Rallying cries of “No hate, no fear, immigrants are welcome here,” and “Immigrants are not to blame, no U.S. terror in our name,” resonated across Franklin Avenue in Mineola on Wednesday, Aug. 30, as activists gathered at Nassau County Police Headquarters to protest the arrest and subsequent deportation of Denis Guerra Guerra following a routine traffic stop.
“We are here today…to express our collective concern about the immigration enforcement role our local Nassau County police are being pressured to play not only by the Trump administration, but also by our local figures in the Nassau County government,” said Anita Halasz, executive director of Long Island Jobs with Justice, who led the demonstration. “We demand an end to the participation of Nassau County police in federal immigration enforcement and actions.”
Guerra Guerra, 30, of Hempstead, was stopped by Nassau County Police Department (NCPD) officers on Aug. 7 in Roosevelt for allegedly failing to signal. Because of his lack of a driver’s license, officers ran his name through the eJusticeNY criminal database system, which indicated that he had no prior criminal history, only an order of removal from 11 years ago due to his inability to attend a prior immigration appointment.
Shortly after, Guerra Guerra pleaded guilty to unlicensed operation of a vehicle and was transferred to ICE custody to be held in their detention center in Hudson County, NJ, ultimately resulting in his deportation.
The Wednesday afternoon demonstration in support of Guerra Guerra was attended by representatives from the Central American Refugee Center, Empire Justice Center, New York Civil Liberties Union and more, featuring a range of speakers, inclusive of Guerra Guerra’s attorney Elise Damas, who described her client, a church youth leader, soon-to-be husband and Nassau County resident for more than 11 years, as a peaceful, law abiding member of the community.
“When I received the call that Denis had been arrested, I was convinced that somebody somewhere had gotten the facts wrong,” said Damas with Guerra Guerra’s sister, Arely Guerra Guerra, by her side. “Because I have been in the meetings with Nassau County PD, where their officials publicly and repeatedly assure us that in the case of traffic stops, undocumented immigrants do not need to fear contact with Nassau County police officials, but unfortunately for Denis, that was a lie.”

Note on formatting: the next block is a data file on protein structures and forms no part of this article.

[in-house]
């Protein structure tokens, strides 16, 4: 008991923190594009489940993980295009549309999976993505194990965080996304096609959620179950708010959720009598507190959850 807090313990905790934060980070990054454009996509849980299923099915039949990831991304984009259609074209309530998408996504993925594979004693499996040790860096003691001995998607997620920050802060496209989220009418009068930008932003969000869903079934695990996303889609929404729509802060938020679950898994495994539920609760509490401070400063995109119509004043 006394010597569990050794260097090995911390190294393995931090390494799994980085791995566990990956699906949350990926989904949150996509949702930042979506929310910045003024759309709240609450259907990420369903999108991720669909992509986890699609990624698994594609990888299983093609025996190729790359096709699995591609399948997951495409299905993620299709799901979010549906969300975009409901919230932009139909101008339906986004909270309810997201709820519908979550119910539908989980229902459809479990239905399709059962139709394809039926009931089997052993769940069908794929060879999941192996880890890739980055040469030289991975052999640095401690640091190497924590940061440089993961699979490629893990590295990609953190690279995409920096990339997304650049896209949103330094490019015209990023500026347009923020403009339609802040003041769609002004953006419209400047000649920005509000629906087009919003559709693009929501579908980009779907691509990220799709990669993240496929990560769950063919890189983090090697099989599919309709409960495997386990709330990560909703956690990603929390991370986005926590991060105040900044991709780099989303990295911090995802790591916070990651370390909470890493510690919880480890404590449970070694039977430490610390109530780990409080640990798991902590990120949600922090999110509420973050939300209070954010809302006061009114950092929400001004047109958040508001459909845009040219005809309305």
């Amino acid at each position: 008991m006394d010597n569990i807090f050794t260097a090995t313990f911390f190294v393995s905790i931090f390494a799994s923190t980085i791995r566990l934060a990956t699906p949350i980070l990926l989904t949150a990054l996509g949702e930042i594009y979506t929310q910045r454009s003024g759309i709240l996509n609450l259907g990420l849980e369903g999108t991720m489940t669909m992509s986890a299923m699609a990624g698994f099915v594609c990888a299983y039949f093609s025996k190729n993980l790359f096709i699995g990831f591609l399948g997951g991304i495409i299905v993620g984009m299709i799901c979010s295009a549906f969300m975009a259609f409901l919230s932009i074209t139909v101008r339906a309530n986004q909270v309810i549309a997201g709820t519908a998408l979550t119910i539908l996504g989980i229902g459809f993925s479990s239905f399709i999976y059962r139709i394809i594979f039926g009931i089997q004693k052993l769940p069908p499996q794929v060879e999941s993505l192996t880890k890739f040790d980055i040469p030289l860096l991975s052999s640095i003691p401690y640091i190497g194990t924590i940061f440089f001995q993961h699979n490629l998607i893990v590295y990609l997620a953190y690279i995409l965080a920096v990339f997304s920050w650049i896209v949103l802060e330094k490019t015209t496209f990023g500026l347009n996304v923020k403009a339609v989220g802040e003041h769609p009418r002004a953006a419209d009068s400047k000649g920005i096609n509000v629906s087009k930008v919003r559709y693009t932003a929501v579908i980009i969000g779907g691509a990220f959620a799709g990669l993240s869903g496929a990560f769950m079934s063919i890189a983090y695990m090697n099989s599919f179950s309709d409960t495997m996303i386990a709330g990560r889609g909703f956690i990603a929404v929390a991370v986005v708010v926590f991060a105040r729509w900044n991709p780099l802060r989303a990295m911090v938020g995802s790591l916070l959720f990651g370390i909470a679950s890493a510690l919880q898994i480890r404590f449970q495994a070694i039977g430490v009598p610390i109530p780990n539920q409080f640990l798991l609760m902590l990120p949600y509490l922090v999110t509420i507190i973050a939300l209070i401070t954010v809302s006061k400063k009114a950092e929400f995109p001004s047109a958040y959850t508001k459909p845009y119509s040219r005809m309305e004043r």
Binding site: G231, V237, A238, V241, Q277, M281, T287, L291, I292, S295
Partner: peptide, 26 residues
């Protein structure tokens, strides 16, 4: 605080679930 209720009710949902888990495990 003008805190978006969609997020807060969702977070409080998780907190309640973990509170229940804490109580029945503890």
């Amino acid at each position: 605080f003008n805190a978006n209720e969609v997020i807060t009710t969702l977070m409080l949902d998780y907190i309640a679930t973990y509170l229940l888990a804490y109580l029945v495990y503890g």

According to NCPD policy, federal agents are not to be involved following a minor infraction, and are permitted to inquire into a person’s legal status only if they are arrested for a crime, not a traffic violation.
However, according to police, Guerra Guerra was in possession of razor blade knife and was driving an unregistered car.
Nassau County Police Commissioner Patrick Ryder defended the department’s actions, issuing a statement saying, “The Nassau County Police Department will not inquire into any person’s immigration status unless they are arrested for a crime. In Mr. Denis Guerra Guerra’s case, he was operating an unregistered vehicle from the state of Illinois when he was stopped for a traffic infraction. Mr. Guerra Guerra could not produce a valid driver’s license and presented a passport from El Salvador for identification. It was discovered through DMV that an ‘Outstanding Administrative Warrant of Removal from the United States’ was in effect. Additionally, defendant Guerra Guerra was in possession of a razor blade knife. However, this charge was voided at the precinct since it did not meet the criteria of the penal law offense.”
But demonstrators say they simply want to foster a better relationship and rebuild trust between the police and Nassau’s immigrant community, where undocumented citizens need not fear the repercussions of contact with local officials.
In an attempt to gain the attention of Nassau County Executive Ed Mangano, whom advocates blame for the procedural contradiction resulting in Guerra Guerra’s deportation, participants marched from police headquarters toward the Theodore Roosevelt Executive and Legislative Building, where Mangano’s office is located.
Bearing signs reading “Take ICE out of the police” and “Respect our rights, say no to ICE,” advocates arrived at the steps of the building with a letter, supported by Congressman Tom Suozzi and Representative Kathleen Rice, addressed to Mangano, detailing their grievances, in hand.
Halasz, responsible for entering the building to personally hand-deliver the letter, was met by an anonymous special advisor to the county executive, who indicated that she would give the letter to Mangano.
The story is ongoing; event organizers await a response from the county executive.